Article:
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Futuristic Fun House Transforms Traditional Games into High Tech Wonders


Futuristic Fun House Transforms Traditional Games into High Tech Wonders
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Futuristic Fun House Transforms Traditional Games into High Tech Wonders

Imagine being on the bridge of a ship navigating through space with your crew's survival at risk, then stepping onto a river raft to battle aliens in a swamp, and finally flying through the air, all in one night.

All this and more are possible at a futuristic micro amusement park called Two Bit Circus in Los Angeles.

“I think it takes a whole arcade game venue to the next level, and there’s a couple of games I played tonight where I was out of breath and actually sweating,” said visitor Kelly Bentall, who had just finished playing a game where she had to roll a plastic ball and watch a cartoon version of it on a screen, while trying to knock an opponent off a virtual arena.

Many of the games at Two Bit Circus can be described as traditional carnival games on steroids where sensors, cameras or virtual reality goggles add to the experience. There is even a robot bartender that mixes drinks for customers.

"I have not had a robot make my drink before. That was actually pretty cool. He even managed to shake it,” said customer John Duncan.

Just like a movie theater is a venue for the latest films, the Two Bit Circus is a platform for innovative games. Many of these experiences are created in an in-house workshop.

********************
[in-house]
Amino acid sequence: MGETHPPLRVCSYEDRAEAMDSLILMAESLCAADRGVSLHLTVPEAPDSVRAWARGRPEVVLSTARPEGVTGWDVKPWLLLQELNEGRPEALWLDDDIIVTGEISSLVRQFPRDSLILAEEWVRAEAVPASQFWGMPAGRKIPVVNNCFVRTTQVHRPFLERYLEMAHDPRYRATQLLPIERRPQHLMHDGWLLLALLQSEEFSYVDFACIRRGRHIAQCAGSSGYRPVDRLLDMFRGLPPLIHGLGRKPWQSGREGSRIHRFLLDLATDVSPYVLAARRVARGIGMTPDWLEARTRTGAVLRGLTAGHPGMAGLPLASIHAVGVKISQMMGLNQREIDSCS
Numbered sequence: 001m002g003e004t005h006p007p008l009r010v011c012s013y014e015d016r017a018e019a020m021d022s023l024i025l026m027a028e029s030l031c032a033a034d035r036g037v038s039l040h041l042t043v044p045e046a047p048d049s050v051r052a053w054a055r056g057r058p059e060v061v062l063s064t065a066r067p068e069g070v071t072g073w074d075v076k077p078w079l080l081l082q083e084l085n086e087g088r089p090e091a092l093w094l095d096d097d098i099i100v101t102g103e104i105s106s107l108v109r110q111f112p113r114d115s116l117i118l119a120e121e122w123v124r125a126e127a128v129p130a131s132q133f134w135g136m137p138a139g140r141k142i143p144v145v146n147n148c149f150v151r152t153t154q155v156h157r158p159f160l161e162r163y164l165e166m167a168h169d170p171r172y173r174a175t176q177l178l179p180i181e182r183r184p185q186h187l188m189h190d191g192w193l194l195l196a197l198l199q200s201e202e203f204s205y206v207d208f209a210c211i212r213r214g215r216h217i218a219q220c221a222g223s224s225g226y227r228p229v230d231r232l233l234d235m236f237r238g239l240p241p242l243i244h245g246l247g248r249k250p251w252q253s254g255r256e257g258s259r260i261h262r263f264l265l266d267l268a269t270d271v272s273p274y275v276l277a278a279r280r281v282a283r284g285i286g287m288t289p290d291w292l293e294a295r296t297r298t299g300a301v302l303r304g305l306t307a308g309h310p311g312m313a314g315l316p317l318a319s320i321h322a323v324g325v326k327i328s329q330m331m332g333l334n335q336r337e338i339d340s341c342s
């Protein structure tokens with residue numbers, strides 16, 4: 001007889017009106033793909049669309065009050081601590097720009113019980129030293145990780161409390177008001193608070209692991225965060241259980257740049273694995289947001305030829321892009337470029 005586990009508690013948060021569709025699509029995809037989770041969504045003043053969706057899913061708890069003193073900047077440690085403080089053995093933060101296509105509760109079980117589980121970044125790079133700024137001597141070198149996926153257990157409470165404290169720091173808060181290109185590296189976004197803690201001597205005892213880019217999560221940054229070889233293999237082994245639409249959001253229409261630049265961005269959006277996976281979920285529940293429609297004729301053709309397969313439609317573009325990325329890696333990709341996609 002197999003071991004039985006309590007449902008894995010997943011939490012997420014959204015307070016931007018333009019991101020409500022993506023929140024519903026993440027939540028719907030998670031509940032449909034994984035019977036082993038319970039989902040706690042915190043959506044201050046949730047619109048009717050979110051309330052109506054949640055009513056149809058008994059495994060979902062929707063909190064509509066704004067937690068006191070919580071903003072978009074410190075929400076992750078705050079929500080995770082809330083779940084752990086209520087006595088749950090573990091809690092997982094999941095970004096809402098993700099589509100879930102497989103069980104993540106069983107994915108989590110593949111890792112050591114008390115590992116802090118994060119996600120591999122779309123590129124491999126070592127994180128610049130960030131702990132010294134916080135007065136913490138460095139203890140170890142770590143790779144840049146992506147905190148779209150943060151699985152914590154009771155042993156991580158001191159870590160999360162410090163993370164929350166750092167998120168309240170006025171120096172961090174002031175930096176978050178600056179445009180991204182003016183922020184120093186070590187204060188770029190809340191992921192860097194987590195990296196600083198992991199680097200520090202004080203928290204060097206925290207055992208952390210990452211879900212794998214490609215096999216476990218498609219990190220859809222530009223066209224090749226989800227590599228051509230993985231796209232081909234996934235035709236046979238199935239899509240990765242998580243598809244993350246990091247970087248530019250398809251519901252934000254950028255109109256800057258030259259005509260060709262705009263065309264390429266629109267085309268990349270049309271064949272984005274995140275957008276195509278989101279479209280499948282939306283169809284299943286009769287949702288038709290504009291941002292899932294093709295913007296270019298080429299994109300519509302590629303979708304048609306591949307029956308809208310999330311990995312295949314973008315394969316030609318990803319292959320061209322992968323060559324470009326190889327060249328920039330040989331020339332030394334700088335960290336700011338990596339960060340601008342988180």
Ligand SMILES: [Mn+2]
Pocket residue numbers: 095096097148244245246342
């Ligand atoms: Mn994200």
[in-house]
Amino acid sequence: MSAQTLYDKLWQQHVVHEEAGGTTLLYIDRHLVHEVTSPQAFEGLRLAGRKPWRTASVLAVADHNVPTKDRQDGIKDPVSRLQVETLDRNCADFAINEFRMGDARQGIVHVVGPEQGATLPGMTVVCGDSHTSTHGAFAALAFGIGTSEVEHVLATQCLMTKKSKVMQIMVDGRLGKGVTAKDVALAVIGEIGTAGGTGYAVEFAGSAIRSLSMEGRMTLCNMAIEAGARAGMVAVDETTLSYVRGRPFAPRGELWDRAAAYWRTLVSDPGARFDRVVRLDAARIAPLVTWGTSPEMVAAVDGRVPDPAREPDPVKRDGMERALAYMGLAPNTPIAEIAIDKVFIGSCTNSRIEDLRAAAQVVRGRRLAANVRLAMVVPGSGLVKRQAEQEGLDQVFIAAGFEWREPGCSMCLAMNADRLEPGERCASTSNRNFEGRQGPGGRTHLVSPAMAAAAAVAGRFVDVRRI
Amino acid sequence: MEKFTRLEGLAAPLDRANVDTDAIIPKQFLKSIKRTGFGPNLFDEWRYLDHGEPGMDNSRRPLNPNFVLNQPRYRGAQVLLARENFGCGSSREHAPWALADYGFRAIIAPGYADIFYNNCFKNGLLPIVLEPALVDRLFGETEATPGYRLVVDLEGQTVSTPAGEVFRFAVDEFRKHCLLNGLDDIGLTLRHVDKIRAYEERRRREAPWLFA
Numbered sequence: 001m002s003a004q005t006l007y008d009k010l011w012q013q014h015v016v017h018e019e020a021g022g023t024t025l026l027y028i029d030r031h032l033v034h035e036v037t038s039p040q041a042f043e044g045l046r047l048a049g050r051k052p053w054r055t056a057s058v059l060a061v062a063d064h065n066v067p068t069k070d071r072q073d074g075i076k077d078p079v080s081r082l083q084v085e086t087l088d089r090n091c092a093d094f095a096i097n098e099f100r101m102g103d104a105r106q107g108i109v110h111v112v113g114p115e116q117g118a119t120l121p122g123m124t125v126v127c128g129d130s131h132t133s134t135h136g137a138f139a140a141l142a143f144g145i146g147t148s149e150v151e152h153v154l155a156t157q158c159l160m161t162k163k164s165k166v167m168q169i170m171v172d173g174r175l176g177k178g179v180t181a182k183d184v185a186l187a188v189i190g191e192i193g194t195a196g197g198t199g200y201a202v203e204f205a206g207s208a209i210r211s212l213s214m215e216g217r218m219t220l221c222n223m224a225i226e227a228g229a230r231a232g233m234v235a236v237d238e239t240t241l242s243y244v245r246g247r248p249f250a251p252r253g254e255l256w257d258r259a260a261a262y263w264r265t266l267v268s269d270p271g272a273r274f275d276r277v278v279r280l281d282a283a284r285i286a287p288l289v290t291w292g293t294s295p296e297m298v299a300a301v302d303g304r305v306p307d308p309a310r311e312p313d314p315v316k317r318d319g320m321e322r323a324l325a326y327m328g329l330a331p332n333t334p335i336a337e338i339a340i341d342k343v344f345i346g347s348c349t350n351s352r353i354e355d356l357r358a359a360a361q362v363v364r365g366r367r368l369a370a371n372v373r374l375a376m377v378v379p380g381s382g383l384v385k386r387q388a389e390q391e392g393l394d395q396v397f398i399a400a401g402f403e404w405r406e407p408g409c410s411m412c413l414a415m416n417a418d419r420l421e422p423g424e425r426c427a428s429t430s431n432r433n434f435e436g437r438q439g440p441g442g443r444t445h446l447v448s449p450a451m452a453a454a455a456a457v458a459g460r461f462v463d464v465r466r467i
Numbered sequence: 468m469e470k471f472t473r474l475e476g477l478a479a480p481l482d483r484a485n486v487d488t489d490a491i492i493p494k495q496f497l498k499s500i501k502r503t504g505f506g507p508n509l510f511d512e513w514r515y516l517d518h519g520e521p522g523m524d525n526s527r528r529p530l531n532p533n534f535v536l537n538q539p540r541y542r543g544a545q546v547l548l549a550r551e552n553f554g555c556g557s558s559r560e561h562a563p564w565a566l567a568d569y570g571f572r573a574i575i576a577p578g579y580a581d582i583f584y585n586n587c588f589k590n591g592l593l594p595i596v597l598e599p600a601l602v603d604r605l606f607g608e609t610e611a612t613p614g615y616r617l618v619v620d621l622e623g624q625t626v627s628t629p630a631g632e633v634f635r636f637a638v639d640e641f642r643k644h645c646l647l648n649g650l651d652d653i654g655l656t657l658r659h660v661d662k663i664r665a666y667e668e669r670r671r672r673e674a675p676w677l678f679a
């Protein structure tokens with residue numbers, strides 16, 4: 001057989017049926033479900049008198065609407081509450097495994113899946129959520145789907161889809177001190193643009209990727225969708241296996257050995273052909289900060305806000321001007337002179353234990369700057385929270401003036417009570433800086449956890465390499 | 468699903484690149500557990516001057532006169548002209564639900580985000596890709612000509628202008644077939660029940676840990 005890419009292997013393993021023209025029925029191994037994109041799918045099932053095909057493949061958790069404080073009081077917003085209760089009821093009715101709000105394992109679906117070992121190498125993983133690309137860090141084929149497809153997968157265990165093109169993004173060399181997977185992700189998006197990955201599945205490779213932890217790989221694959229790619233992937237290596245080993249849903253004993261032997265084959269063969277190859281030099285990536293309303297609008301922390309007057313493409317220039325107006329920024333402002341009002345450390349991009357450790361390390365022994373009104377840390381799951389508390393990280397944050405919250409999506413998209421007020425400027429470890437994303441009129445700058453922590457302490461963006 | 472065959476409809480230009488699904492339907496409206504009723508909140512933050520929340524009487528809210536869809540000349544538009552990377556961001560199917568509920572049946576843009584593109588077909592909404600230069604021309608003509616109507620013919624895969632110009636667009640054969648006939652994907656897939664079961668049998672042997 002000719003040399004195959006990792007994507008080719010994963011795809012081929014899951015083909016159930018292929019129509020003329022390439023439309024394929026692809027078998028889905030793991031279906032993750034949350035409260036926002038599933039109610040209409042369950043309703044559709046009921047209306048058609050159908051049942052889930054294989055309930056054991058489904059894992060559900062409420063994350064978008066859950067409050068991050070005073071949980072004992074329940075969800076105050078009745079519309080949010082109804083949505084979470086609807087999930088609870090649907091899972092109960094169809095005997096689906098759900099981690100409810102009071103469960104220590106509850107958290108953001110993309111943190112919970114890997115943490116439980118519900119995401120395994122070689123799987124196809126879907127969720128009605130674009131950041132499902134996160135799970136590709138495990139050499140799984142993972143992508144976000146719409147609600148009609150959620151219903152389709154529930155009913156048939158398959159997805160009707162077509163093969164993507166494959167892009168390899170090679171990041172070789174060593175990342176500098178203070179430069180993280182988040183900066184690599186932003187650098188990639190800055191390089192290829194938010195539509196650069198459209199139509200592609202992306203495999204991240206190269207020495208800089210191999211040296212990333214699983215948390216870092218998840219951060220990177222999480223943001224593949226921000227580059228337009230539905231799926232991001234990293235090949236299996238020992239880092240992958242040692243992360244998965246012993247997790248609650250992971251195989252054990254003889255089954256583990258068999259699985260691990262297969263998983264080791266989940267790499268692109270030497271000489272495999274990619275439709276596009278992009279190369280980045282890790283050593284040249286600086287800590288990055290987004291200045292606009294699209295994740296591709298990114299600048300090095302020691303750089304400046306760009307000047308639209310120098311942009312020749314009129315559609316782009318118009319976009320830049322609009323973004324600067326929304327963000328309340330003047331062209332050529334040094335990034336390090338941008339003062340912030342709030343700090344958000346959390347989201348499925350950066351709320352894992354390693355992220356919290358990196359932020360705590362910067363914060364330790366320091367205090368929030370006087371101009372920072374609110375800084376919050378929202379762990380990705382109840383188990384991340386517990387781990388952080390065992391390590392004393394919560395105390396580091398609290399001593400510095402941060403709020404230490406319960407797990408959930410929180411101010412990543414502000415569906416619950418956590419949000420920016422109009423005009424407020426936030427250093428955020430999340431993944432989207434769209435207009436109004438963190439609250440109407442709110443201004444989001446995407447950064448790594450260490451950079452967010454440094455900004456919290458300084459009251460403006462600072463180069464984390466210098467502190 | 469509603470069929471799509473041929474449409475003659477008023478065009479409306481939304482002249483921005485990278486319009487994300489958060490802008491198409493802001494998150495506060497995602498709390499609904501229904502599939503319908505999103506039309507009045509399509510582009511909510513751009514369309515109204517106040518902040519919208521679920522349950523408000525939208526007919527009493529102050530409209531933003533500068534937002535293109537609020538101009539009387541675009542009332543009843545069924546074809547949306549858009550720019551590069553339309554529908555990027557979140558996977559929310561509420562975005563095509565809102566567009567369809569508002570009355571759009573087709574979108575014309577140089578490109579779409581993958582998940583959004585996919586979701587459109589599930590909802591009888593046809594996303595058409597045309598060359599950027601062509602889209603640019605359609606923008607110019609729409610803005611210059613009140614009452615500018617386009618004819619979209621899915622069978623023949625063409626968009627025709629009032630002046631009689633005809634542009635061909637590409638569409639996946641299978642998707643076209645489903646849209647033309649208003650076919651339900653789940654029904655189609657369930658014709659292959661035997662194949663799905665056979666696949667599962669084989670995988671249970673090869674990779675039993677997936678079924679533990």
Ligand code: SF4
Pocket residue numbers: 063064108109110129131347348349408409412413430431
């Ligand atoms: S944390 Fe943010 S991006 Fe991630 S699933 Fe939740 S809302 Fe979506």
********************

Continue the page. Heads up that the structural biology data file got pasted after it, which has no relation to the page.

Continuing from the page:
“We can build stuff here in the morning and test it out there (Two Bit Circus) in the evening,” said co-founder and chief technology officer Eric Gradman, a roboticist who used to build prototypes for the military. “We have a really incredible team of creative people who are always experimenting with new forms of entertainment, and we have the most important ingredient of all — people to test this stuff on.”

Two Bit Circus’s other co-founder and chief executive officer is Brent Bushnell, an engineer, entrepreneur and son of Atari founder Nolan Bushnell.

“My dad wants to move in here. He freaking loves this place," Bushnell said. "He comes back. He’s always got ideas — what things we should change, what we should do differently — but he’s obsessed.”

The two founders of the high-tech amusement park also happen to be trained circus clowns.

“I was touring around the country, doing crazy stuff on stage in front of thousands of people, and this place is a great way to combine those two loves, making stuff and performing,” said Gradman.

It is no coincidence that Two Bit Circus is about the size of a department store. As online shopping increases, brick-and-mortar stores are shutting down, leaving large empty spaces that are perfect entertainment venues for innovative games that can be tested and improved.

“We have built it (Two Bit Circus) to be able to just slot right in. And so for me, that brings real scale, right? That format exists in a hundred cities across the country so we can then iterate and test-optimize this version here and then replicate it across the country,” said Bushnell.

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